I have been honored to read my work at college and university campuses, poetry festivals, community events, on the radio and at intimate community poetry readings. The opportunity to share one’s artistic vision is always satisfying, but none before has been for me as life-altering an experience. This shared journey with the congregation of Temple Emek Shalom reminded me again of who I am and from whom I come: A people with rich traditions, a people who have been forced to adapt, to find ways to observe their faith despite the risk that doing so might create, a people who have endured some of modern history’s darkest moments. 

Writing this poem, I revisited my roots, traveled back to the conservative Jewish home in which I was raised, where we welcomed each Sabbath with prayer and blessings. I remembered the bedroom where I said the shemah each night before bed, my Sundays in Hebrew school, and my Bat Mitzvah. I remembered leaving home at 17. And perhaps the fact that the religious community in which I grew up never provided refuge from my troubled home, I left Judaism behind as well. 

Three years later, on the eve of the Munich Olympic games, eleven Israeli Olympians were taken hostage and killed. My response was visceral and unexpected. Suddenly thousands of years of collective consciousness surfaced within me. I was part of this. I felt this grief. But even then I did not fully reclaim my roots.

The defining moment came three years later, with the naming of my son. Mixing letters from his paternal grandmother’s and my maternal grandmother’s names, he is Iafay. Only later did I discover its Hebrew origins. The fact that I had turned away from my own faith and culture didn’t matter. In the deepest reaches of my subconscious it was there, available. I realized then that it was part of me even if I was not part of it and that the rich spiritual path I walk is made richer for this. 

All this I brought to the writing of this poem. In turn, I gained a deeper understanding of Torah, Haftorah, and Talmud; I learned about midrash and mishnah (both concepts I adore), and discovered aspects of the rich history of my faith that no Hebrew school ever taught me. And although, this particular poem is about the Jewish experience, others with whom I have shared it have found something that speaks to them as well. 

The congregation of Temple Emek Shalom was deeply moved when I read this poem, more so than any audience for whom I have read in the past. Over and over they thanked me — and continue to thank me — for this profound gift. But I tell you it was I to whom the gift was given, for in the journey of this poem I rediscovered my makom.

Read the poem makom (click the link)

framed print of the poem “makom”

duvall poetry

On June 5, i was the featured poet at the Duvall Library’s monthly event. Not far from Seattle miles-wise, but a good hour away (more when driving in late afternoon/rush hour traffic), i discovered a place i’d never been, very much like the countryside in some parts. i’d met the host of the reading, Mary Crane, nearly three years before when i featured at The Creekside, a retirement center. After my reading Mary asked if i’d be interested in reading in Duvall (and willing to make the trek). i gave her my card. As time went on we found ourselves co-featuring at Greenlake Library and at Tsunga Fine Art & Framing. We were well matched. Fast forward to getting booked.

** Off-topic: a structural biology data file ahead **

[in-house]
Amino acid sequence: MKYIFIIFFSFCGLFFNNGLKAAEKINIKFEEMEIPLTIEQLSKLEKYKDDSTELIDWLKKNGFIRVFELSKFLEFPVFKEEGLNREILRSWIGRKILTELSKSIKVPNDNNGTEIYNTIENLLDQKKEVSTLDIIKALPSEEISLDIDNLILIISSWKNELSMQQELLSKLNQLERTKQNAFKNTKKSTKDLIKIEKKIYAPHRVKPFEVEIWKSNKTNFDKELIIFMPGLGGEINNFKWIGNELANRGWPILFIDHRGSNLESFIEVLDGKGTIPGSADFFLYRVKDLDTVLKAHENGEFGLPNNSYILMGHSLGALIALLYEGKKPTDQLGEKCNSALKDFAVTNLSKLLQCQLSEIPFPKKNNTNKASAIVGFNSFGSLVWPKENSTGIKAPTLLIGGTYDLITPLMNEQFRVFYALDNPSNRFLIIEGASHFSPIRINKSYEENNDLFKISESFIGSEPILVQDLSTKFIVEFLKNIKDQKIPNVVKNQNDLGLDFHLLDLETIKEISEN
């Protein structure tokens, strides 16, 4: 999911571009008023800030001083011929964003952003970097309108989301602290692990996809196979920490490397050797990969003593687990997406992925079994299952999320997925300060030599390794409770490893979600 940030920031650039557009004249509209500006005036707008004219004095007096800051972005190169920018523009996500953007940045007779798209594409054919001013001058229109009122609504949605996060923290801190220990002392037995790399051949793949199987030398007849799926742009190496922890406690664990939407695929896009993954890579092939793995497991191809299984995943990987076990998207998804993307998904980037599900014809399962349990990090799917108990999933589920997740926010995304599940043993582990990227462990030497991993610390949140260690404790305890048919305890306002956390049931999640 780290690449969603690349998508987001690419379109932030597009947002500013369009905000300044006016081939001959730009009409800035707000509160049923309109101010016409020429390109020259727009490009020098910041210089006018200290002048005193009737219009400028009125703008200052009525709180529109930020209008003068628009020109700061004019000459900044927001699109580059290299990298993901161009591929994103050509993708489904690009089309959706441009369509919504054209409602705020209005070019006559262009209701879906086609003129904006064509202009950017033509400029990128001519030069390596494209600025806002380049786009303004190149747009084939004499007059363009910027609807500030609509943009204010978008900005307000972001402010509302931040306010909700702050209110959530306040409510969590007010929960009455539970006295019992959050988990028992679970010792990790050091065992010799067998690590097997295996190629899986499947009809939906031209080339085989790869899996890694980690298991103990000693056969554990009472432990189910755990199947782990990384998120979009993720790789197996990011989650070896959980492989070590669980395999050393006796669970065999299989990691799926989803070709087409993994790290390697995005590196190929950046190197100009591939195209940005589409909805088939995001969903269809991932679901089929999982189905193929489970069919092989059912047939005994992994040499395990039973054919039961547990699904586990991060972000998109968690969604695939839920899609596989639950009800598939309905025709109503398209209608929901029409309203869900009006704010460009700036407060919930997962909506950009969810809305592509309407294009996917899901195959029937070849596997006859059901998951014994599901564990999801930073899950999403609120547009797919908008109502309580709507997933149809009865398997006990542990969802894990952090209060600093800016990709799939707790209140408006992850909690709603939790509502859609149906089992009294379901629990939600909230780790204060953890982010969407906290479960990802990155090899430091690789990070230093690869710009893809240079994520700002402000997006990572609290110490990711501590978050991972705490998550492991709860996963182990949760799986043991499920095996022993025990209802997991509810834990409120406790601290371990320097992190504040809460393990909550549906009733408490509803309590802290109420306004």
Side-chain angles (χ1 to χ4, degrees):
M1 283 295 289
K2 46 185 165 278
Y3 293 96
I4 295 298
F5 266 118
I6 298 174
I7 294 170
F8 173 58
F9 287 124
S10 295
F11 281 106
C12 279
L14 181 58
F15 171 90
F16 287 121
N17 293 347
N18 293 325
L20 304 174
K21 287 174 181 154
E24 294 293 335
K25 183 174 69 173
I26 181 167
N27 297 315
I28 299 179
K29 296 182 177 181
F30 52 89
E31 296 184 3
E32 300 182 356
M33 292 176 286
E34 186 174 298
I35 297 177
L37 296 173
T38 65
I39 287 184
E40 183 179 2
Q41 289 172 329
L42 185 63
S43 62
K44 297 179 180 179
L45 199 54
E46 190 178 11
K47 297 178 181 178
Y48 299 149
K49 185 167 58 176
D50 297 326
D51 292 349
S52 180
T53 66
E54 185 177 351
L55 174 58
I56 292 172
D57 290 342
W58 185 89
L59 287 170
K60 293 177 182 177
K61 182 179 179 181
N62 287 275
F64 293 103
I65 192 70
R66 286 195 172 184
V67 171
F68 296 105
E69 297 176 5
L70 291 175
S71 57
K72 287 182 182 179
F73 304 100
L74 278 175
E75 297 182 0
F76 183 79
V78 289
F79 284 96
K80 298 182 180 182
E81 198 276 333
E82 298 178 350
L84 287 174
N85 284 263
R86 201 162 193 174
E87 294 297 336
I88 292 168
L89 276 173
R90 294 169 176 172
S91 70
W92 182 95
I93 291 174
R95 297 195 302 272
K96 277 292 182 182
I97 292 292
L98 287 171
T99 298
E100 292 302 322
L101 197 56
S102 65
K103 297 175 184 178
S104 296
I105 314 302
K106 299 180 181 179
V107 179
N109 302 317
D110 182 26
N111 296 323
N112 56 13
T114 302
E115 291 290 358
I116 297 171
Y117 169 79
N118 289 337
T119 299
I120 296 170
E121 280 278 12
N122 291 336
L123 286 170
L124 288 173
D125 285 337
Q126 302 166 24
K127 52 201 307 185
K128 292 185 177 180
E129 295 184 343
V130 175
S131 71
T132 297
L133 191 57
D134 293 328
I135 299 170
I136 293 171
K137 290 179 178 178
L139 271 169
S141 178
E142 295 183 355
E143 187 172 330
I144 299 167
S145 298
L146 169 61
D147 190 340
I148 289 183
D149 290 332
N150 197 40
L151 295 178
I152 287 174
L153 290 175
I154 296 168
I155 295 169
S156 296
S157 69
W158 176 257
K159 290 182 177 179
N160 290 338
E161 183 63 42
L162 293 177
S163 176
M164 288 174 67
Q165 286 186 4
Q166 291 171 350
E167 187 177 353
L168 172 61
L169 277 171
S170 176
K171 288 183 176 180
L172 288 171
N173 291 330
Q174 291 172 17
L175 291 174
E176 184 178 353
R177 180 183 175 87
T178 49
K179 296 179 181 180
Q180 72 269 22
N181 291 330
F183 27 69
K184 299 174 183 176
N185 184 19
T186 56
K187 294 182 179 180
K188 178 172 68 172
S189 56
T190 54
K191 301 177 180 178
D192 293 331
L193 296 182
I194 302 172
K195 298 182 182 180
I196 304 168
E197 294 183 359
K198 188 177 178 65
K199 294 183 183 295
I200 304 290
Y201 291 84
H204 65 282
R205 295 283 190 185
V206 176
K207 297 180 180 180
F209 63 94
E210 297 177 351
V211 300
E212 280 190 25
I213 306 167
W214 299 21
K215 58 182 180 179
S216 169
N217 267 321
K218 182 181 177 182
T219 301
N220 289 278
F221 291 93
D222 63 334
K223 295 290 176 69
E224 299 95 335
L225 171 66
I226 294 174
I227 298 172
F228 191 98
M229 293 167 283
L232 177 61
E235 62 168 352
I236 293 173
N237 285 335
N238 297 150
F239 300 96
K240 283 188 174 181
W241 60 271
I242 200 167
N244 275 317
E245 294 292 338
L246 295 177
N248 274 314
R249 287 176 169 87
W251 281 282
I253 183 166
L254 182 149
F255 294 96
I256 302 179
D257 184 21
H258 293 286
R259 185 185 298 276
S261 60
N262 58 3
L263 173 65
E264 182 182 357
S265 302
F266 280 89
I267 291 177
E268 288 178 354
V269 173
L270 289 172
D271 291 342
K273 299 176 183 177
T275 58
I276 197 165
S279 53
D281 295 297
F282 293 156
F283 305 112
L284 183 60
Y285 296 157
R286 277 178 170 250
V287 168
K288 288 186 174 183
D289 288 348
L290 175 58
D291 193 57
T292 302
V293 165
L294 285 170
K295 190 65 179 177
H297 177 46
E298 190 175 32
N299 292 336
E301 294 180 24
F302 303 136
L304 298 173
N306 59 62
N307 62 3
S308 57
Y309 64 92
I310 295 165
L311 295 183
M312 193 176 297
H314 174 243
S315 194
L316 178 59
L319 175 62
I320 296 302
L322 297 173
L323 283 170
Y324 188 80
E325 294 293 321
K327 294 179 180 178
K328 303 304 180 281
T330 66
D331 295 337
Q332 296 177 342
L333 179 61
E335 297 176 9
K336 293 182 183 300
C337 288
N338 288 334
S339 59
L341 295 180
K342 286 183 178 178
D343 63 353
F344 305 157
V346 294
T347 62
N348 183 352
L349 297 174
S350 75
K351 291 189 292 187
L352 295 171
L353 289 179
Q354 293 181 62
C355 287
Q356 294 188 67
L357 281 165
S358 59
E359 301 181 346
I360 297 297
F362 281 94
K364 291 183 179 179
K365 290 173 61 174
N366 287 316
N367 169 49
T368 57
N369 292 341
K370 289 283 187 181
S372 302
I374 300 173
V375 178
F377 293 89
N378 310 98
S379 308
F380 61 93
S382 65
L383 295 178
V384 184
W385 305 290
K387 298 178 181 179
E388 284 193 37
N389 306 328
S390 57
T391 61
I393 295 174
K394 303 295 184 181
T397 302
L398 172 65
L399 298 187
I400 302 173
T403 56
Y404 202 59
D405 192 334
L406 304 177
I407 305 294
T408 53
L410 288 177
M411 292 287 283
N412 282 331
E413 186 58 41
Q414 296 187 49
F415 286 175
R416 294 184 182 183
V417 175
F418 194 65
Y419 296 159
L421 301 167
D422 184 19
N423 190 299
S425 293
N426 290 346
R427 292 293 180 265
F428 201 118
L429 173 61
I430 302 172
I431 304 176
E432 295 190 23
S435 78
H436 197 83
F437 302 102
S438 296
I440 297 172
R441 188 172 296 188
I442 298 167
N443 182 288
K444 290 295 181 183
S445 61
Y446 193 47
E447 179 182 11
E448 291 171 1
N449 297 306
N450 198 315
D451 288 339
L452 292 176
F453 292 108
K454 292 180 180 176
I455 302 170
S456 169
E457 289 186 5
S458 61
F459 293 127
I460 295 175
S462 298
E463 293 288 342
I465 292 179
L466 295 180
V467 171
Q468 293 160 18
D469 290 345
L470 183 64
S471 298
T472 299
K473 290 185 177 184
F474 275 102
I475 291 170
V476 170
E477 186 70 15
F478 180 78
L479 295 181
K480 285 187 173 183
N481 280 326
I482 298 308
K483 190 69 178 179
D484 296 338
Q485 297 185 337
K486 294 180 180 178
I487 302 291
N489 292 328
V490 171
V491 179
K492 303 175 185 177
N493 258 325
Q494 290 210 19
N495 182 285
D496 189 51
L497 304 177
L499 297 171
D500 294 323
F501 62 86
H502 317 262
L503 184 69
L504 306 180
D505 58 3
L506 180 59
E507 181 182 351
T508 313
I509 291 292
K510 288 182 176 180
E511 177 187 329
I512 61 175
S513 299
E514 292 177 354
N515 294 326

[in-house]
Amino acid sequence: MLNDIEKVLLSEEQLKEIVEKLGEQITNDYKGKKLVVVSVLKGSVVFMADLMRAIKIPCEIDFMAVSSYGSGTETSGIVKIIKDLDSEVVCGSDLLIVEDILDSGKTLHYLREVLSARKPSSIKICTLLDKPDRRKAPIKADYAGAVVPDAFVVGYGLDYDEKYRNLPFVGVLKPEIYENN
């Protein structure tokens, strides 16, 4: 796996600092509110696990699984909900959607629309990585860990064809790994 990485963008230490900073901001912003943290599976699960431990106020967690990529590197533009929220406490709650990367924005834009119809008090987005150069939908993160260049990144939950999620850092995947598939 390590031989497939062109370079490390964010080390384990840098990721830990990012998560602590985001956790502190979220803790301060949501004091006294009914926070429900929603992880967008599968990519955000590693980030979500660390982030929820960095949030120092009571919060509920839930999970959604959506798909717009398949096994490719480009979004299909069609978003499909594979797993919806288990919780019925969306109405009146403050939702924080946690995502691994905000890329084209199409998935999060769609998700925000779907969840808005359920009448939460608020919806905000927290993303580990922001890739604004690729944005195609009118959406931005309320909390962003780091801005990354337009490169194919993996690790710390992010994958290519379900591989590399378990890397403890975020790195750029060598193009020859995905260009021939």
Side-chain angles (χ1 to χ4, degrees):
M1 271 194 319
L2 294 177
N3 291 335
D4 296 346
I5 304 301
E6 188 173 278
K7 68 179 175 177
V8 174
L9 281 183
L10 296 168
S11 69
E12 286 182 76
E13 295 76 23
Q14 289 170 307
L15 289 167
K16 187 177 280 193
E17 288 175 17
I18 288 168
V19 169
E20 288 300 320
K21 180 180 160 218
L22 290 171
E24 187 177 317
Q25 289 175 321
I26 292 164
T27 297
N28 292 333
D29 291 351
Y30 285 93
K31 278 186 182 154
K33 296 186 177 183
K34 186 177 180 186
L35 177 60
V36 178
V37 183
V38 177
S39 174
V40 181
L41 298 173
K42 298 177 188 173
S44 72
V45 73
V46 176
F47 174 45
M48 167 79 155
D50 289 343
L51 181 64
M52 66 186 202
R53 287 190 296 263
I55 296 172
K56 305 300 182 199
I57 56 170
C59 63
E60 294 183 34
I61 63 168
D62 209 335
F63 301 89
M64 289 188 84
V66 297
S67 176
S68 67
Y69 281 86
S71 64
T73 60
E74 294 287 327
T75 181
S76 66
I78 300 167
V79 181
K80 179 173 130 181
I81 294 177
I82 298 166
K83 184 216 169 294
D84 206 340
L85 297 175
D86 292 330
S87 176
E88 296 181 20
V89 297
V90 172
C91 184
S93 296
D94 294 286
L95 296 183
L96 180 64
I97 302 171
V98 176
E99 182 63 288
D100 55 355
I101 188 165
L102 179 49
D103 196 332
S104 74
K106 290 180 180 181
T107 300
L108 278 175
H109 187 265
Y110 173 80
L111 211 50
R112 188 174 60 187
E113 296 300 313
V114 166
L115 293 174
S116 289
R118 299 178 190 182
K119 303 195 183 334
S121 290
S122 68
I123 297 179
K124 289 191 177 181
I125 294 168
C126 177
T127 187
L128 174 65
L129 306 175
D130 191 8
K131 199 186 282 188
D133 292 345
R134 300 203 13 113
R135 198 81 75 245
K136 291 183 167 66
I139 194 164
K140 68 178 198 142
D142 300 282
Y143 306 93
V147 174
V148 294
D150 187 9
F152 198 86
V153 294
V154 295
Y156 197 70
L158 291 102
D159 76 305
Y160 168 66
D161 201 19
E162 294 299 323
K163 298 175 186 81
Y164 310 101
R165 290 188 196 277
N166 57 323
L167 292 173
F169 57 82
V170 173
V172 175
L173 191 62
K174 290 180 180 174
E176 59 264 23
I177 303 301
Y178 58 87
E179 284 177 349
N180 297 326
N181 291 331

Having never been there before, i had no idea what to expect. The poetry room was full of attendees. i took a seat in the back and listened to the open mic readers. Then it was my time. The audience was incredibly receptive to my work. i was inspired by their enthusiasm. After my reading there was time for a bit more open mic. Then the ride home – easier than getting there.

i will fondly remember that reading and those who attended. i am always grateful to share my poetry though i rarely encounter an audience so welcoming. Below is the email i received the following day from Pamela Denchfield, Curator, Duvall Poetry Readings:

“Thank you for an outstanding reading last night at the Duvall Library! You truly mesmerized the audience as you shared your work with us. Here’s to more poetry!”


night and day i speak to the sky
crows line telephone wires
as if witness to this,
this reaching past cumulus clouds
this wish to be carried past pain
past the past pressed upon each day

at the shore of my pacific
sand shifts under my feet like fickle hearts
ever moving toward something new 
like you lost to me now
mere ripples of sound and motion
abacus beads
adding subtractions

bowed limbs
like question marks
punctuate the air
cleave the mystery of
paths harder to forge this 
muddied season

despair falls upon me like rain

• • • •

Published in San Diego Poetry Anthology, 2019-20


he walks under the bridge   destination uncharted

a strapped and zippered keeper of possessions
hunch his shoulders, yet it’s his gait
that speaks the weight he carries

come night he knows cold concrete